First Blush Cape Point Mandy Lake
I have always been drawn to the sea and my paintings aim to capture its endless motion and changing moods: A series of close-up encounters in which the viewer becomes immersed and loses sight of the shore.
This exhibition explores my growing fascination with the translucent qualities of the ocean – and traces my journey to capture this fleeting play of light on water from two perspectives:
Firstly, looking down from above: the ocean remains elusive. It’s surface stirred by wind, tide and current. At times it is clear and transparent allowing the light to dive beneath the surface and illuminate hidden treasures. At others it is moody and translucent as the light slows and thickens casting shadows in the deep.
Secondly, looking out to sea: at sunrise and sunset the light skims low across the water, reflecting off surfaces with greater density, as waves break against the shore scattering a kaleidoscope of colour.
This exhibition also traces a shift in the way I work with oils. Initially I started with a background wash building up the darks before adding detail and light. Then I began to experiment with transparent oils, building up layer upon layer and reserving the opaques for the whites of the waves. Now I am acutely aware of the light from the moment I start to plot the composition, and in the final few works there is no background wash and I have allowed the white of the canvas to show through.
“Who has known the ocean? Neither you nor I, with our earth-bound senses, know the foam and surge of the tide that beats over the crab hiding under the seaweed of his tide-pool home; or the lilt of the long, slow swells of mid-ocean, where shoals of wandering fish prey and are preyed upon, and the dolphin breaks the waves to breathe the upper atmosphere. Nor can we know the vicissitudes of life on the ocean floor, where sunlight, filtering through a hundred feet of water, makes but a fleeting, bluish twilight, in which dwell sponge and mollusk and starfish and coral, where swarms of diminutive fish twinkle through the dusk like a silver rain of meteors, and eels lie in wait among the rocks. Even less is it given to man to descend those six incomprehensible miles into the recesses of the abyss, where reign utter silence and unvarying cold and eternal night.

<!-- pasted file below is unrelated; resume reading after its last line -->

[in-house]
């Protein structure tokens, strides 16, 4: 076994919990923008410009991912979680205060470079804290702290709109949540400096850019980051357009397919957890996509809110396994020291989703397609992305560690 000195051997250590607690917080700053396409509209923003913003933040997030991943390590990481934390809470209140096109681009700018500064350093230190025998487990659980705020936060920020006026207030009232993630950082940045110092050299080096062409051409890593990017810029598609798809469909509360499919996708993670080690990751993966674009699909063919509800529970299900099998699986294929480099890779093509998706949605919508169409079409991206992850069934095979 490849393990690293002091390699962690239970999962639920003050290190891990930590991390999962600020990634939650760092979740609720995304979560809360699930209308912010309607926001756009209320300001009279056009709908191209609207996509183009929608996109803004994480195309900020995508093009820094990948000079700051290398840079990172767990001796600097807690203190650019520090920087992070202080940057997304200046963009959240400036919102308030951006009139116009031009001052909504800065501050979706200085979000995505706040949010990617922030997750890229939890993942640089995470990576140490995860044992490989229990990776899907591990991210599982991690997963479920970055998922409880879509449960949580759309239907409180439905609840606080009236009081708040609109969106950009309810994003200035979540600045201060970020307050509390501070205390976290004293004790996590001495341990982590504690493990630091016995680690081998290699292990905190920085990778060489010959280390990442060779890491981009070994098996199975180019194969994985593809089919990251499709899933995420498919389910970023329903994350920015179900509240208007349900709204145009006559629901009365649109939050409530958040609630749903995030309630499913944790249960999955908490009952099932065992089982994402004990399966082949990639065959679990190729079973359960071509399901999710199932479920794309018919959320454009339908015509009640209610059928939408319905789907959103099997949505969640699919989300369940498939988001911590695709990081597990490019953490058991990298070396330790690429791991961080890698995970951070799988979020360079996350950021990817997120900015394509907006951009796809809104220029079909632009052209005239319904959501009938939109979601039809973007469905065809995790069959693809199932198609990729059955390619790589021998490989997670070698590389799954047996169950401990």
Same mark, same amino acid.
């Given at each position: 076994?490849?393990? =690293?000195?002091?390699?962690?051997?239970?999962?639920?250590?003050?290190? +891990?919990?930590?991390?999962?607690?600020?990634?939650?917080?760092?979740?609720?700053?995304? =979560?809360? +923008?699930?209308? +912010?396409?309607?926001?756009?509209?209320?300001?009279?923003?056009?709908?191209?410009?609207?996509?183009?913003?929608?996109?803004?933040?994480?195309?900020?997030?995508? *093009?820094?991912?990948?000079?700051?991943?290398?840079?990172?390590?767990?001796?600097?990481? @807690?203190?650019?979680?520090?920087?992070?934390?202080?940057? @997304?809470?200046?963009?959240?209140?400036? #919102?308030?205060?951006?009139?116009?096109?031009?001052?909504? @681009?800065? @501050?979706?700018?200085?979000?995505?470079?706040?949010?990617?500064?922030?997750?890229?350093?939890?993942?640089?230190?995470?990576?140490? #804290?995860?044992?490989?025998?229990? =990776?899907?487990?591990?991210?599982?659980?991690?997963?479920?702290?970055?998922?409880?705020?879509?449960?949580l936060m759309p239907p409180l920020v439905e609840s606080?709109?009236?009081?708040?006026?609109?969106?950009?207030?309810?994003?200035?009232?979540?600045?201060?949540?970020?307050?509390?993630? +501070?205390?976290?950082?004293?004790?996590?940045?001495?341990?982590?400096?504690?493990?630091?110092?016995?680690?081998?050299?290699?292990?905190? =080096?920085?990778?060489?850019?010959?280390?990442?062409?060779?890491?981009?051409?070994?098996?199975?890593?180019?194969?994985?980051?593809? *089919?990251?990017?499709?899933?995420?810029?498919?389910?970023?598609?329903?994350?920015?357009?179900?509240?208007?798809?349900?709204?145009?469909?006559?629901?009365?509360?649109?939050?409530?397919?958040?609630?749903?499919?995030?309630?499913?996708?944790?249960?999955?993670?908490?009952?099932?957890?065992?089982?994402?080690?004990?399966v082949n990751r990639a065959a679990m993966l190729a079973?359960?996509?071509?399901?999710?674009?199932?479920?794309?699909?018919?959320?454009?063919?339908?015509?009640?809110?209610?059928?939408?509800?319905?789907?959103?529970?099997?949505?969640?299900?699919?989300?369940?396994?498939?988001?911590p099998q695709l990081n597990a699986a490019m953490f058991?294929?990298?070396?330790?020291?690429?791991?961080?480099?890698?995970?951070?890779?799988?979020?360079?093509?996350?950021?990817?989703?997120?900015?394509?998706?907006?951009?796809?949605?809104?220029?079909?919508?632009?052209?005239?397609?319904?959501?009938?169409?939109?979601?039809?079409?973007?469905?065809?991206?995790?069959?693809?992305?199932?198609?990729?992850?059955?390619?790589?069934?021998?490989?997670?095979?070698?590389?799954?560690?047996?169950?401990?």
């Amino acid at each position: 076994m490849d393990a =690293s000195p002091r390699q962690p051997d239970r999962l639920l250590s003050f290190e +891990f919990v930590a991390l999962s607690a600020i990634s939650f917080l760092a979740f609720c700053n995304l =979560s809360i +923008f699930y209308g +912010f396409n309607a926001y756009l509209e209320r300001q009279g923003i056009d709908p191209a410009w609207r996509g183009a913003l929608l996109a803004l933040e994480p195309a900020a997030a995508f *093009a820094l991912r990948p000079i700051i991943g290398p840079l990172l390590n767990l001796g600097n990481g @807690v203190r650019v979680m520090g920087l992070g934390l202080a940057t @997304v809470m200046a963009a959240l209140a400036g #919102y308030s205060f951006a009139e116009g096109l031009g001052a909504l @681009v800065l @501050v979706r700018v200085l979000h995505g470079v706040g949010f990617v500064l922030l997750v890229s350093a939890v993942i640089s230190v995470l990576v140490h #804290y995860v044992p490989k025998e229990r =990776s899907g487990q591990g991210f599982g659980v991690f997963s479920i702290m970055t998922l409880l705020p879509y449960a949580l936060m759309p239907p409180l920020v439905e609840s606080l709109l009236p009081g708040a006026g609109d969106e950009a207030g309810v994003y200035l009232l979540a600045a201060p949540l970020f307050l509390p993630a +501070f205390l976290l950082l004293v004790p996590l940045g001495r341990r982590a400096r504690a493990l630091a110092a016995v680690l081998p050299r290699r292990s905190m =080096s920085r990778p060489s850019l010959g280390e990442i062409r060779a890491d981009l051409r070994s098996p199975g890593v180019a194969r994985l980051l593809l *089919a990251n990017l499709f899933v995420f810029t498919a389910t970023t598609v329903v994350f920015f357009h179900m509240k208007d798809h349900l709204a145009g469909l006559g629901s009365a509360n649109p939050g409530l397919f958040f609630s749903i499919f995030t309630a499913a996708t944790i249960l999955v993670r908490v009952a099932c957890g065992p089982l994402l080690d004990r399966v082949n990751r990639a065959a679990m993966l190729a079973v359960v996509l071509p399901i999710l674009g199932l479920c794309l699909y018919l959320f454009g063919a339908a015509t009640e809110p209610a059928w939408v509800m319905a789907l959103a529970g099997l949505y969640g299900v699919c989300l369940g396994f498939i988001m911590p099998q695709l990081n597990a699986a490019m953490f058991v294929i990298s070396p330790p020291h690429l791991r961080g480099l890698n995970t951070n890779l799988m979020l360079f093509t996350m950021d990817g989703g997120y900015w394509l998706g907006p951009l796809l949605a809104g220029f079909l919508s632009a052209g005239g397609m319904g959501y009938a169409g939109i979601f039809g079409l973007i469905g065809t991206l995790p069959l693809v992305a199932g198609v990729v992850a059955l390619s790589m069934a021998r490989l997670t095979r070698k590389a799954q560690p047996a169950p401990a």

To sense this world of waters known to the creatures of the sea we must shed our human perceptions of length and breadth and time and place, and enter vicariously into a universe of all-pervading water.”
About the Artist – Mandy Lake
Mandy Lake was born in Surrey, UK in 1968 and grew up in Johannesburg. Her love for painting developed under the tutelage of André Naudé and Simon Stone. Mandy earned a degree in history and art history at the University of Cape Town, and studied sculpture and illustration at the Foundation School of Art in Cape Town.
Mandy has had a professional career in design, illustration and publishing, yet continued to explore sculptural ceramics and painting. In 2009, she joined Julia Teale’s Spencer Street Studios in Salt River.
With Julia’s inspiration and encouragement Mandy’s love for the ocean became a passion to paint it, to explore and seek to capture the wondrousness of its ever-changing moods, the ceaseless movement, the power, the light, the tranquility.
On our southern African coast we are surrounded by and intimately connected to the sea. Mandy’s journey has been cross-dimensional. One is the impressionism, the moods and palettes of the oceanwhere a single moment can turn from powerful, dark and threatening to sparkling and lucent in aninstant, with an infinity of shades in between. Here Mandy is influenced by Claude Monet, his view ofthe natural world and the ever changing effects of light, his capturing of its momentary and transient effects.
The other is perspective. Mandy’s works are not seascapes. They are paintings of the sea itself. Here, Mandy draws inspiration from American contemporary artist, Ran Ortner. Ortner’s large-scale paintings of surging oceans have no horizon, land or sky. Their focus is on the ocean alone, the moodiness, thesubmerged power and ultimately, evoking the visceral attraction that we human beings have for the body of water that birthed us.
In April 2016 Mandy held her first solo exhibition, Immersion at The Cape Gallery. Early in 2017 Mandy joined Tracey Payne at Victoria Art Studio in Woodstock, where she is working on her upcoming exhibition Sheer water, to be held at the Cape Gallery in 2018.
“I want viewers of my paintings to feel, even just briefly, a thrill, a resonance, a primeval pull that, yes, I want to be there, it feels good. I think we do all have that deep affinity and longing.”
Mandy Lake works primarily in oil on canvass and has shifted her approach to working oils. Initially she started with a background wash building up the darks before adding detail and light. Then she began to experiment with transparent oils, building up layer upon layer and reserving the opaques for the whites of the waves. Now she is acutely aware of the light from the moment she plots her composition, and in her most recent works there is no background wash the white of the canvas is allowed to show through.